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Settling In

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It has been a few weeks since I have blogged. I finally have internet at home. It cost a small fortune and is slower than dial-up but at least I can send emails and feel a little more in touch with the outside world. Things are going great. Ryna, Stephanie and I went to Kampala on my birthday weekend. We went for TASO's annual meeting on Saturday and then stayed the night so that we could go out to dinner to celebrate my birthday. We went in search of a restaurant that has cheese. I have never missed cheese so bad in my life! We did find a place and the food was okay. My pizza actually looked like a pizza and didn't come topped with random vegetables like peas and carrots (which we have seen before). That night we stayed at Backpackers. It was my first experience at a hostel and it might be my last. I didn’t mind sharing the room with 12 people and I didn’t mind the bunk beds or the communal bathroom. However, it was loud and cold and our bed nets had holes that were sealed with Band-Aids. I can only hope they were not used Band-Aids! The next day we called our favorite driver to take us to get supplies from a REAL supermarket to bring back with us and then he took us to the bus park so that we could go back to Mbale. We walked into the bus park and men started coming at us from all directions. We said we wanted to take the Elgon Flyer Bus to Mbale. Everyone started yelling for us to come this way and that way. Men started grabbing our arms and pulling all of us in opposite directions and two guys started pushing and fighting over us. I got a "little" angry and started yelling. I might have threatened a few people not to touch my friends again and I think I might have actually scared one because he quickly stepped back. They are not used to women being aggressive. We finally got to the correct office and found out we had to wait 4 hours until the next bus left. So we sat in the office breathing exhaust and dozing off until it was time to leave. Now, we waited for the Elgon Flyer because they are the cleanest and safest buses to Mbale. The others pack people in like sardines and fly down the road. It was finally time to leave and we got on the bus. The three of us were relieved, put our bags under us and started reading our books. That is when we noticed the FIRST of many cockroaches. For the next 4 hours back to Mbale we were flicking cockroaches off of our legs, seats, windows, bags etc. It was a LONG ride home.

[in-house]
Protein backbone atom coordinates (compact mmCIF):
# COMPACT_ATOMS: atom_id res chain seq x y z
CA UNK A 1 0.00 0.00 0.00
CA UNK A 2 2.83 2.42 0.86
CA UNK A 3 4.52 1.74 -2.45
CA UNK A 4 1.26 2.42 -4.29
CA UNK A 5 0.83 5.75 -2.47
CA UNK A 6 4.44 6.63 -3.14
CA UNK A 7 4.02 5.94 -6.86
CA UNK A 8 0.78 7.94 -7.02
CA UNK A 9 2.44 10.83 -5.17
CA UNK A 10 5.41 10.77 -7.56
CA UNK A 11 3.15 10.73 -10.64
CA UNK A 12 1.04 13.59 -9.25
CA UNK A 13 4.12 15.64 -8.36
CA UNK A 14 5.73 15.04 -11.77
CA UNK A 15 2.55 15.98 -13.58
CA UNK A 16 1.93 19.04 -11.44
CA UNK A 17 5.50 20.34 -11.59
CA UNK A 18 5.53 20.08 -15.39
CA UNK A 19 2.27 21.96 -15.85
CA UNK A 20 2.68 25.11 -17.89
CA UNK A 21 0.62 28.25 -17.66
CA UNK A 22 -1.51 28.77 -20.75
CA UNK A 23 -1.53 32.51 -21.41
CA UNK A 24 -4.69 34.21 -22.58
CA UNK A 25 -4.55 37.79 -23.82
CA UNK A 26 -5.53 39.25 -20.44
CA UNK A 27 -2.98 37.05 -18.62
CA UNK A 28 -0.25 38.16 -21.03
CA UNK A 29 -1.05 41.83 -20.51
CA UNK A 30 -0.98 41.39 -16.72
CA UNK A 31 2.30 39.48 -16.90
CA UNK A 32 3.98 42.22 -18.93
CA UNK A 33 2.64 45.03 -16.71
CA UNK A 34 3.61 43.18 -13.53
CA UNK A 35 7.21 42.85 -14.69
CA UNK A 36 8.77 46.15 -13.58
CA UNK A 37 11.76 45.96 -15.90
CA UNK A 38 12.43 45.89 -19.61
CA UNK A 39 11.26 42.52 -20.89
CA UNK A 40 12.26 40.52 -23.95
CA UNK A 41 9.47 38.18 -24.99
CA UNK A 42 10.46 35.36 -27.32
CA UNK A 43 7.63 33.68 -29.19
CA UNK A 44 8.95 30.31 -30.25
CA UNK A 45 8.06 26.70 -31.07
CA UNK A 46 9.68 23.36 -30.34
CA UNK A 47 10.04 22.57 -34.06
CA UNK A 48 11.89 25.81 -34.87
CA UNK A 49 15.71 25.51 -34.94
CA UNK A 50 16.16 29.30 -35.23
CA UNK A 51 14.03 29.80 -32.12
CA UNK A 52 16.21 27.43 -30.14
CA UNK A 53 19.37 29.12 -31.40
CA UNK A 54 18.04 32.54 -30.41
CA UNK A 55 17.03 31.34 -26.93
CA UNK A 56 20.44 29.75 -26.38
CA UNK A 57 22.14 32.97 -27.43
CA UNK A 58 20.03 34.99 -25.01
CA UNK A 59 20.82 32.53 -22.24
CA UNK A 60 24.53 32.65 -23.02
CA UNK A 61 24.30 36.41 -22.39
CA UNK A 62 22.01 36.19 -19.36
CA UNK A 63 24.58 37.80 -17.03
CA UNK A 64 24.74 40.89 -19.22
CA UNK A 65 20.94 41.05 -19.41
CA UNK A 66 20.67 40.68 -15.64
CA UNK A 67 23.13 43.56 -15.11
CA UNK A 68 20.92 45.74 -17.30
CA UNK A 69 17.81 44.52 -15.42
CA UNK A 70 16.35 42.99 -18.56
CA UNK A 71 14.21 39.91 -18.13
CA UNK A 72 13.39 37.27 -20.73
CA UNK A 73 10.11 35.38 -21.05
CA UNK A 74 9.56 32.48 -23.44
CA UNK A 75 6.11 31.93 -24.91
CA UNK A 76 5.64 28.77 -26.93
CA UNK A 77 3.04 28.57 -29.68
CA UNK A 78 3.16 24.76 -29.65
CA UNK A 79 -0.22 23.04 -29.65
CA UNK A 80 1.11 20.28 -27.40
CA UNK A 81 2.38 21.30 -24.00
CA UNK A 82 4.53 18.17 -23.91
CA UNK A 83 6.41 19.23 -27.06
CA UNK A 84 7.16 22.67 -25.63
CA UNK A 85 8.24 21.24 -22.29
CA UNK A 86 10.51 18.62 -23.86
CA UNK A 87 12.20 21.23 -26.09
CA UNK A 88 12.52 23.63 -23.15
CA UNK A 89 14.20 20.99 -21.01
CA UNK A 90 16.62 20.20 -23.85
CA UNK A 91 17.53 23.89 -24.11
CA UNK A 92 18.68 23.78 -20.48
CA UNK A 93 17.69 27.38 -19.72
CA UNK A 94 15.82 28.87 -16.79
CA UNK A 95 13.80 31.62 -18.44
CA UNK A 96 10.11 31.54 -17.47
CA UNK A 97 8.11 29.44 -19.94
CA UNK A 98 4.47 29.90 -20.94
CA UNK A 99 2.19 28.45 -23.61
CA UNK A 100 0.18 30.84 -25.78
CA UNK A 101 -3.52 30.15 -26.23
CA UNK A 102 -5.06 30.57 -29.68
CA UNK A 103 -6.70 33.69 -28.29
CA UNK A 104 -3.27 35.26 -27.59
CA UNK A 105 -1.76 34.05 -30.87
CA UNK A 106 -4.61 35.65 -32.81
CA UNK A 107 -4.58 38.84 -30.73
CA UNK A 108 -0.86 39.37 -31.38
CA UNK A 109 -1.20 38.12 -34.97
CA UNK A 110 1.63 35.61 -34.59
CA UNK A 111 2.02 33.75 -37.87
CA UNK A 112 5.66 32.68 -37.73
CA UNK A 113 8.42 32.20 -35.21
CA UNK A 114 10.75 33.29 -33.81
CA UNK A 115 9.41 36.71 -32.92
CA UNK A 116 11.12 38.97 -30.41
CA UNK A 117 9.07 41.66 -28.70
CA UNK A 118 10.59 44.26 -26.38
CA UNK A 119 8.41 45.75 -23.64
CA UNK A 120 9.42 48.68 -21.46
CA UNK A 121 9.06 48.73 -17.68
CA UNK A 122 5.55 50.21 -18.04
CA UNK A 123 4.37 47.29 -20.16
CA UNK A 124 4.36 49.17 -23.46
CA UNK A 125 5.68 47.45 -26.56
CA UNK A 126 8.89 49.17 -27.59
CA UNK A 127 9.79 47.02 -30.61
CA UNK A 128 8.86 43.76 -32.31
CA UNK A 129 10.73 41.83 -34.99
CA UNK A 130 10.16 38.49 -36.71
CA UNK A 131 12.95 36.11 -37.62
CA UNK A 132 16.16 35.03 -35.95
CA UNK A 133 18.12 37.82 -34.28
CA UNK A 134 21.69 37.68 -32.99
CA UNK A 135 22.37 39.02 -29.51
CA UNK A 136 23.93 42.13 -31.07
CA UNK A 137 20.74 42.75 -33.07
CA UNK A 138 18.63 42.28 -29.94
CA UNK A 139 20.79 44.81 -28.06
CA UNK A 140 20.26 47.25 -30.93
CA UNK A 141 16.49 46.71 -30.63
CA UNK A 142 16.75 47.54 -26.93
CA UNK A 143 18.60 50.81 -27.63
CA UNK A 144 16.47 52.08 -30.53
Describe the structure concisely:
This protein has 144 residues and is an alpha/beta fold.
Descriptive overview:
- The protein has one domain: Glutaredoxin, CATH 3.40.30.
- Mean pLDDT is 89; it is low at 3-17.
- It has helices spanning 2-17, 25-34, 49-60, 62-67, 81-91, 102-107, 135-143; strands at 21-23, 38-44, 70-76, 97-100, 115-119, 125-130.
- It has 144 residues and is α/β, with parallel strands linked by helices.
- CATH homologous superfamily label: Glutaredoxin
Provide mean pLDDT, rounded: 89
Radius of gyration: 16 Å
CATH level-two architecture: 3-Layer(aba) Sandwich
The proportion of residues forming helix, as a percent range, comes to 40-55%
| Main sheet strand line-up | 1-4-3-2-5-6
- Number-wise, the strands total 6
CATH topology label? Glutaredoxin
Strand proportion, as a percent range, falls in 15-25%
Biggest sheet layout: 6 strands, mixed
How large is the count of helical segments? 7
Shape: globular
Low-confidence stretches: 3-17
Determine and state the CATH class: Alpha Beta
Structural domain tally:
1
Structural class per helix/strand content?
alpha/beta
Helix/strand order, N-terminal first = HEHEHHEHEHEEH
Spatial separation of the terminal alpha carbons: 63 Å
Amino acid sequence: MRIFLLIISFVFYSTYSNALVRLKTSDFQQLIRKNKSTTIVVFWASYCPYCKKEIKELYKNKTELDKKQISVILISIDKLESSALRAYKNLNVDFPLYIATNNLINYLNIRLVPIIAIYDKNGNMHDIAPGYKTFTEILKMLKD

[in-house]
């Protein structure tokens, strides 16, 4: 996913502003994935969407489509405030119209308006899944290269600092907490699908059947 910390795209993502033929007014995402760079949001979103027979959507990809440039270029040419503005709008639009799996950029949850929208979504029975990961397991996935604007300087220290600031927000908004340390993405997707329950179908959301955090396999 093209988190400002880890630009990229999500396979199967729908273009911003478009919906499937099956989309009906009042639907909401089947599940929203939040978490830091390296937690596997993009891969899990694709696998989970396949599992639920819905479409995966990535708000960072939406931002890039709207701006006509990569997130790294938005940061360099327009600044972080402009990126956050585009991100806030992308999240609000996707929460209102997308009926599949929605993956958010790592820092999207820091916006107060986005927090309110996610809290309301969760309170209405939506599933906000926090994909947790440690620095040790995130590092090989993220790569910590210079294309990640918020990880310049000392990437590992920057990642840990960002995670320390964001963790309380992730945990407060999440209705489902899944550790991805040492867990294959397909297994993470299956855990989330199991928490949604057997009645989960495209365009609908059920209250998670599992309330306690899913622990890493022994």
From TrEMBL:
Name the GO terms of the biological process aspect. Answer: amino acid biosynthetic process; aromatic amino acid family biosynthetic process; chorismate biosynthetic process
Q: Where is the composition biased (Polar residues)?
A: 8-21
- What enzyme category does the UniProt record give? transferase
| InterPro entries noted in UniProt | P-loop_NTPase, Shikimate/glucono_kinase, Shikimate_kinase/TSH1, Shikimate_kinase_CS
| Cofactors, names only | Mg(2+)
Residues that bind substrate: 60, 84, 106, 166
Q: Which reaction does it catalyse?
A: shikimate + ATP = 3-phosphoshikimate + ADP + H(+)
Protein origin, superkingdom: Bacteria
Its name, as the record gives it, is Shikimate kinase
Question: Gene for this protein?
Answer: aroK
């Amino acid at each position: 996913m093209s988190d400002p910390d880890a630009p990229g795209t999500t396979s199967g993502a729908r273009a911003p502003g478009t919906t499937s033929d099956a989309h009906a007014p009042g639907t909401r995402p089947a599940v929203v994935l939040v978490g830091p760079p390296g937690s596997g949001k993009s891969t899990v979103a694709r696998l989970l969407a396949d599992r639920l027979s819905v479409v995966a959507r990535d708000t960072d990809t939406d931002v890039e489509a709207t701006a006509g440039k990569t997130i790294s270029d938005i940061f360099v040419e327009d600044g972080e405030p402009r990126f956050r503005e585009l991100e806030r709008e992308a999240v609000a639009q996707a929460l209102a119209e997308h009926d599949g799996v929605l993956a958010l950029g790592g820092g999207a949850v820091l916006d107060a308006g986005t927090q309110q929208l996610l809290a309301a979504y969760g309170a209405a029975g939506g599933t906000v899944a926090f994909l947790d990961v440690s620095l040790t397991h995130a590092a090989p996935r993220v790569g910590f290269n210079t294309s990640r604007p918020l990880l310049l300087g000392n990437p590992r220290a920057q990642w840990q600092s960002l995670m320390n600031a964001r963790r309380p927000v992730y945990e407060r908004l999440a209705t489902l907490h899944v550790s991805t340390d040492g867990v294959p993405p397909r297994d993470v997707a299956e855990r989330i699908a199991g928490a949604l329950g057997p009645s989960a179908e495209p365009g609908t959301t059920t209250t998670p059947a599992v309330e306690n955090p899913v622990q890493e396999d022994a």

Since then Stephanie and I have completed forming our surveys for the clients and our surveys for the staff of the Prevention of Mother to Child Transmission Program. We need to have them finalized with our preceptor and the head of the program but both are so busy they never have time to meet with us. We have also met a few more children from the clinic. There is one 4-year-old girl in particular that I absolutely adore. She comes to visit almost every day. She sits in the chair beside me and colors in our coloring book or draws pictures of the sun. She is adorable and knows it. The only problem is she doesn’t know much English and I don't know much Lugisu so she answers every one of my questions with "yes", except when I asked her how old she was and she quickly told me "seven" with an adorable smile. It makes me sad to know that she is positive, but as of right now she is healthy and may stay that way for a long time if she stays on her meds.